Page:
Some people in the film industry say that the superhero movie is getting stale and old. That seems really odd to me considering that there are…about five or so new films lined up, including Thor, Captain America, The Green Lantern, and The Green Hornet, not including the planned sequels to Christopher Nolan’s The Dark Knight and Jon Faverau’s Iron Man 2. Nevertheless, some are determined to say that the formula is getting tiresome, which again, is a little odd, because superhero movies are kind of a genre in themselves that have lasted for years and years. Yes, the formula tired, but then we get a reboot of something and we get to experience it “anew”, like the reconceived Batman Christopher Nolan brought us in his fantastic origin story Batman Begins and its look at darkness in The Dark Knight. Well, whatever they say, they’re trying to change the game again with a film called Kick-Ass.
Based on the comic book of the same name by Mark Millar and John Romita, Jr, Kick-Ass tells the story of a nerdy kid who wants to become a superhero. Haven’t we all had that daydream? The little boy who jumps on a trampoline wearing a cape? The little girl who deflects fake bullets with the plastic bracelet she wears around her wrist. The little boy who pretends he’s James bond, Indiana Jones, etc. Only, this boy, played by Aaron Johnson (Nowhere Boy) is in high school. And he is seriously thinking about this idea. He’s not very admirable, not even at the beginning of the movie. Just really whiny.
He buys his spandex, slaps it on and his first venture into crime fighting gets him…sent to the hospital. And the, on the other side of things are two particularly nasty people, who become the vigilante crime fighters known as Big Daddy (Nicholas Cage) and Hit Girl (Chloe Grace Moretz). They train for real. Big Daddy has a big vendetta against a man who sent him to prison for a crime he didn’t commit, which left his girl living with a cop. Back and ready in action, they’re ready to cause complete destruction.
Okay, I get the film. It’s lampooning the idea of hype and personal celebrity. Kind of. For every self-made TV reality star and YouTube sensation, there’s someone who worked harder for it. Think of it as the Kardashions vs. the Hiltons. While neither of them are particularly role models, at least one family did make it on top with work put in. And for an outrageously mainstream film like this, that idea of actually having an idea beyond “let’s kick ass!” sounds pretentious and snooty when it does not deserve the right to be snooty. One thinks, “Hmph, that opinion is reserved for art house, independent, and Christopher Nolan films; not silly superhero movies!” But the film’s characters are unlikable, and unlikability leaves the audience feeling cold and emotionally uninvested. Aaron Johnson is whiny throughout the entire film, and it’s worse that it’s an overhead-narrative film. We hear his nasally whine throughout the entire thing. It is, at points, completely unbearable. And it’s not very funny. Isn’t this supposed to be a comedy too? It’s just not…funny. Nor is it particularly amusing, or laugh inducing. Thus, we have a few problem…and a few more to boot.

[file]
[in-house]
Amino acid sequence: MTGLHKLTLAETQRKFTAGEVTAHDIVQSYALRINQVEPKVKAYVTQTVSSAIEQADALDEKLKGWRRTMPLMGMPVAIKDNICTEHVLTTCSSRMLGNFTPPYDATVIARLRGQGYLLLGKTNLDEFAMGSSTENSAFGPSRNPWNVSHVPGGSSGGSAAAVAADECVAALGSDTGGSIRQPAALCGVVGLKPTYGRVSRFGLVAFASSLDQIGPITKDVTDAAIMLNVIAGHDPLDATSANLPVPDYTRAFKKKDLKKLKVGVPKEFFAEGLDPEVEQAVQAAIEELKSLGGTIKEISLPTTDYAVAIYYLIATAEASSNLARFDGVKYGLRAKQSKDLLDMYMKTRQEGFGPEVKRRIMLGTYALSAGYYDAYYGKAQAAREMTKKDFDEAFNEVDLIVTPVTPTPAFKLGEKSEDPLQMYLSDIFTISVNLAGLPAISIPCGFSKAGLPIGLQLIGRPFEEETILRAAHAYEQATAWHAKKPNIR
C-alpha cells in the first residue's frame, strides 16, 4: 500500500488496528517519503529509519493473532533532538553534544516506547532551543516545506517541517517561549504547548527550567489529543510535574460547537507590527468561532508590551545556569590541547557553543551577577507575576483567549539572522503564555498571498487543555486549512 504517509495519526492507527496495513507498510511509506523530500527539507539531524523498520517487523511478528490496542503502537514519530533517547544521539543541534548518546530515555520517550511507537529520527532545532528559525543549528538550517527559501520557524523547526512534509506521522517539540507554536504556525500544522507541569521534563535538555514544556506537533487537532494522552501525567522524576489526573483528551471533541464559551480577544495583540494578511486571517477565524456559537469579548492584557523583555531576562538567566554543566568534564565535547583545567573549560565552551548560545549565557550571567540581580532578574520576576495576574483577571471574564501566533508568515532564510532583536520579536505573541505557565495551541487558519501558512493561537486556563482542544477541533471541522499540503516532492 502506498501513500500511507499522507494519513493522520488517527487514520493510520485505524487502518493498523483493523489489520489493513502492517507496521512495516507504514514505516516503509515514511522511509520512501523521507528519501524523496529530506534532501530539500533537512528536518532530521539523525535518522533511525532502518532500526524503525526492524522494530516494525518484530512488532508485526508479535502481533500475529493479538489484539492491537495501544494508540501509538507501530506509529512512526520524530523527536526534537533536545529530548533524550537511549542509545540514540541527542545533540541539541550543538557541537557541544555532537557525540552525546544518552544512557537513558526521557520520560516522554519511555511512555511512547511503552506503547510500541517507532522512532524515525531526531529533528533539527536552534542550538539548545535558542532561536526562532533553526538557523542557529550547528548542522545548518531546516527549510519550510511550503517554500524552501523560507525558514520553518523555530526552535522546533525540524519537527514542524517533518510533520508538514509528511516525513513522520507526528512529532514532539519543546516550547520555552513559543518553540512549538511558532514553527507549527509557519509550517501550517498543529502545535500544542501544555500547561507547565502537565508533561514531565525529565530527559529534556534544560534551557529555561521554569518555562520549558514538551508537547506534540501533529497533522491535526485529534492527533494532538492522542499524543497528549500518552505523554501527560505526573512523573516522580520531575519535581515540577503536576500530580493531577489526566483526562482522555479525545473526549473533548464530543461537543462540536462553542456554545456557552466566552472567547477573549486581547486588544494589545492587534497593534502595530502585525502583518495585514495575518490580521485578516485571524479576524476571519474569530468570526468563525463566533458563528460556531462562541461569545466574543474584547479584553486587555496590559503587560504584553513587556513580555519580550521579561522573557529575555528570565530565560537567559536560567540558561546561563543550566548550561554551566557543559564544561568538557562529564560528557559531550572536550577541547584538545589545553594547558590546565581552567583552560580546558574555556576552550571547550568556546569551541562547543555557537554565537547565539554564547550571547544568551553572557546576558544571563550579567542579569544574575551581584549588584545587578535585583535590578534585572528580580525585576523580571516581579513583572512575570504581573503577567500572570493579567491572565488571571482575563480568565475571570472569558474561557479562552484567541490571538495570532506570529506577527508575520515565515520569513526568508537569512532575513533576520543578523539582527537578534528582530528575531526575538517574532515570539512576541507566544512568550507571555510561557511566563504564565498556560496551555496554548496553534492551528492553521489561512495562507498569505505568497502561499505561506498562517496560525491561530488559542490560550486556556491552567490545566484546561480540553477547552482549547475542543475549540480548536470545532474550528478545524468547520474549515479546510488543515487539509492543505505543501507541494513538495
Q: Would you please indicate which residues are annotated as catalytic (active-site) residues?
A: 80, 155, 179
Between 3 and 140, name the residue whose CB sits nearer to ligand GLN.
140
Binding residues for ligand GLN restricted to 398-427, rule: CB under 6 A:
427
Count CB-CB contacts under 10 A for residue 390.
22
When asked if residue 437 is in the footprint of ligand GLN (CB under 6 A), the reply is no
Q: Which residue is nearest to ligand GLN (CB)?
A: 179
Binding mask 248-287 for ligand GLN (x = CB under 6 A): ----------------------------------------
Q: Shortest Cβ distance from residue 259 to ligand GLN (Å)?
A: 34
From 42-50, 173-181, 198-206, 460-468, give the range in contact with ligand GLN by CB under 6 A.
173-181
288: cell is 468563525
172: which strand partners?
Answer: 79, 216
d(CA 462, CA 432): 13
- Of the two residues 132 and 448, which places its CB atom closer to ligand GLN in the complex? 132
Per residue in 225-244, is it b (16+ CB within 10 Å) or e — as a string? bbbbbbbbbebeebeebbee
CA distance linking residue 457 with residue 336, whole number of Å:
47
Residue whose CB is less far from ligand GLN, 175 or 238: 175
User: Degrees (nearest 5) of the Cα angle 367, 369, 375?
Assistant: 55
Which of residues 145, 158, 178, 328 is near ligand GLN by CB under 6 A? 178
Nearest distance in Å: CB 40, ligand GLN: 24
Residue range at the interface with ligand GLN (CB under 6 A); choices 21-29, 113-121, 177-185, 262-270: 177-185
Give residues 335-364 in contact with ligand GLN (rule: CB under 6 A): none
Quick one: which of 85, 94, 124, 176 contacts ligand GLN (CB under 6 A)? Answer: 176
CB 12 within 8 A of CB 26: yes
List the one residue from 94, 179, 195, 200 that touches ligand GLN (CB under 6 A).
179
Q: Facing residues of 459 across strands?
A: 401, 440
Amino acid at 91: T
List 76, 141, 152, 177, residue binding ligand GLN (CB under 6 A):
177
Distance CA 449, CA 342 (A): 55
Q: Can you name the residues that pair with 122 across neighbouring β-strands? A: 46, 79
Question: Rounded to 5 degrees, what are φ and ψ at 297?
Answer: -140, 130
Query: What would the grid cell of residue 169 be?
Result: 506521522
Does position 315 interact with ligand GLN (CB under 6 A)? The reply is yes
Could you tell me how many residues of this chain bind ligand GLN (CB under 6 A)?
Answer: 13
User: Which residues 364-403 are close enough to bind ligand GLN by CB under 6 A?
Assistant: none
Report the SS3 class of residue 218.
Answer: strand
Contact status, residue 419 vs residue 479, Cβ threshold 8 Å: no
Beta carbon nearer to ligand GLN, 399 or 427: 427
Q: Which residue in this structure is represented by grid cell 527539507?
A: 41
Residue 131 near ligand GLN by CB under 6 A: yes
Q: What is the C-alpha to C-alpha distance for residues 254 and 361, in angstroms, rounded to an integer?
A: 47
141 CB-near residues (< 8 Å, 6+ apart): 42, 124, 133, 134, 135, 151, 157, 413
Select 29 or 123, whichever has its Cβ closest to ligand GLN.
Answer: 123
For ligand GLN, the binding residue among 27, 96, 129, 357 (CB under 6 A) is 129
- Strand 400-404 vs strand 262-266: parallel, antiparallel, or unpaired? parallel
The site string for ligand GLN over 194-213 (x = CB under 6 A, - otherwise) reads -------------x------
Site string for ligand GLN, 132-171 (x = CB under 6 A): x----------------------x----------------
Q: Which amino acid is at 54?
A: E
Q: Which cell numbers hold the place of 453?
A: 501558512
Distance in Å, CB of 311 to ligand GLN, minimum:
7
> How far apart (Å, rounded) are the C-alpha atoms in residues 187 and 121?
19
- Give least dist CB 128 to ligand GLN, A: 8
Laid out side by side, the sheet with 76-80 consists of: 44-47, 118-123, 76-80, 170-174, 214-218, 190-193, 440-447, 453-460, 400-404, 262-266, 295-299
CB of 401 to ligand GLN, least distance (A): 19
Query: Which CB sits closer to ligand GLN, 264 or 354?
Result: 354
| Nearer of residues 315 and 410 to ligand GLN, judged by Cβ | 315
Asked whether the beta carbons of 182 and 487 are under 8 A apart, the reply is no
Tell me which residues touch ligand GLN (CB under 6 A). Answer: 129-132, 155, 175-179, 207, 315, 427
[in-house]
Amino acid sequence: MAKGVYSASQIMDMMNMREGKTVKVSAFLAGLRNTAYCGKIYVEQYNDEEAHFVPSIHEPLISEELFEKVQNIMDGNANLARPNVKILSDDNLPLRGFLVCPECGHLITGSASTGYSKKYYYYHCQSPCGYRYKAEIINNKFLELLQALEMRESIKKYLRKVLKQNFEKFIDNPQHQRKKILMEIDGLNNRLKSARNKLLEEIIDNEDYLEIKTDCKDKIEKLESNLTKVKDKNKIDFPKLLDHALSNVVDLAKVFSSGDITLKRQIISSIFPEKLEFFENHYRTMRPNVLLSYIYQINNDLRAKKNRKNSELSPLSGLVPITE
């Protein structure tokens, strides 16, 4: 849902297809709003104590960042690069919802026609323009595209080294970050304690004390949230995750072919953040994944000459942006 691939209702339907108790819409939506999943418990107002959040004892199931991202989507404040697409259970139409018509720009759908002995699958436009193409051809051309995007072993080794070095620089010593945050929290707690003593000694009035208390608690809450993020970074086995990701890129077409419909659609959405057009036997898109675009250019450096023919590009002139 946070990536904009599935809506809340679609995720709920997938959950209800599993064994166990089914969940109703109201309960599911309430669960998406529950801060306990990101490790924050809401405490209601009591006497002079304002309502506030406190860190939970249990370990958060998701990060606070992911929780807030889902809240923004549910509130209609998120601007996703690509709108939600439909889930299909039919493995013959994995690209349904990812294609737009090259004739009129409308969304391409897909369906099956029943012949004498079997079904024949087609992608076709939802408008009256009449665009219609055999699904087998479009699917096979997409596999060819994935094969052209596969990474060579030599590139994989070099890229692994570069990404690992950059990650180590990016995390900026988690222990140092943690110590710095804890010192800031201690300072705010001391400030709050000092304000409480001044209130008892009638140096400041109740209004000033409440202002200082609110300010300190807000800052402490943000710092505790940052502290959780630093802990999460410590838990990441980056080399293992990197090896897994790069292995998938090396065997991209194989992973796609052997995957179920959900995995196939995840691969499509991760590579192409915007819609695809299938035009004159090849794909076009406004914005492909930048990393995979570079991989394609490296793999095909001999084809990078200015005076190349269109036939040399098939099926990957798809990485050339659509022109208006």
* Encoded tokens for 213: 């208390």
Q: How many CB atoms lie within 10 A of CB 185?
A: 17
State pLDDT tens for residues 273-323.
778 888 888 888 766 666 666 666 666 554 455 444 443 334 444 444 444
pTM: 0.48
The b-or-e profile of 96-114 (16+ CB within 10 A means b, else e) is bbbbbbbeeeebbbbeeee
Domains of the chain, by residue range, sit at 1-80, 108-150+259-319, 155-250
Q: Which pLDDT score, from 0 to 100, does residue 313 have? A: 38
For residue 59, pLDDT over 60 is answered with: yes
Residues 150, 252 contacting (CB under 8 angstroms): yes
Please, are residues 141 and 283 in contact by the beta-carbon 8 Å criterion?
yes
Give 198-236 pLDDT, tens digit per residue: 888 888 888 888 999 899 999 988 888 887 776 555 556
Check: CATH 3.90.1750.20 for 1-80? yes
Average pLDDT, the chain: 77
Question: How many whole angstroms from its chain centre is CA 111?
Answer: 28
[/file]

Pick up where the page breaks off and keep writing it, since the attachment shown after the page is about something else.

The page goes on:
The film’s violence is a little shocking at times, far more graphic than the Korean masterpieces Oldboy and Lady Vengeance. And at least with those films, it wasn’t served up on a platter as entertainment. It was to show pain, not to get a laugh. And in this way, the film is completely morally dubious. Oh yay, a little girl who can indeed slice your throat and shoot you in the mouth! Spewing profanity like a bizarre hose, Grace Moretz certainly does whatever her character calls for, regardless of whether or not it’s actually watchable.
The choreography is…interesting. Exciting, I suppose, but not nearly dipped in the black humor that films like Lethal Weapon, Rush Hour, or Shanghai Noon had it. But there’s another problem…we can barely see it. The camera work and cinematography is so frantic and manic that you can barely see anything most of the time, only seeing glimpses of blood here, a severed arm there, and twirling or gun shots. Often, this technique is prone to make the audience queasy. But it comes off more sloppy than pretentious.
Morally dubious and ultimately unfulfilling, this film wasn’t even that enjoyable on a surface, “I don’t care about real movie criticism” level. Its violence is sometimes nauseating, its plot pretentious and unwatchable, and its camerawork annoying and manic; the film is probably one of the worst I have seen this year. The pseudo-superhero is met with the pseudo-good idea. If you’re going to watch a movie with deep levels of intellect and surface level enjoyment, try Sin City or The Dark Knight. Skip this super zero.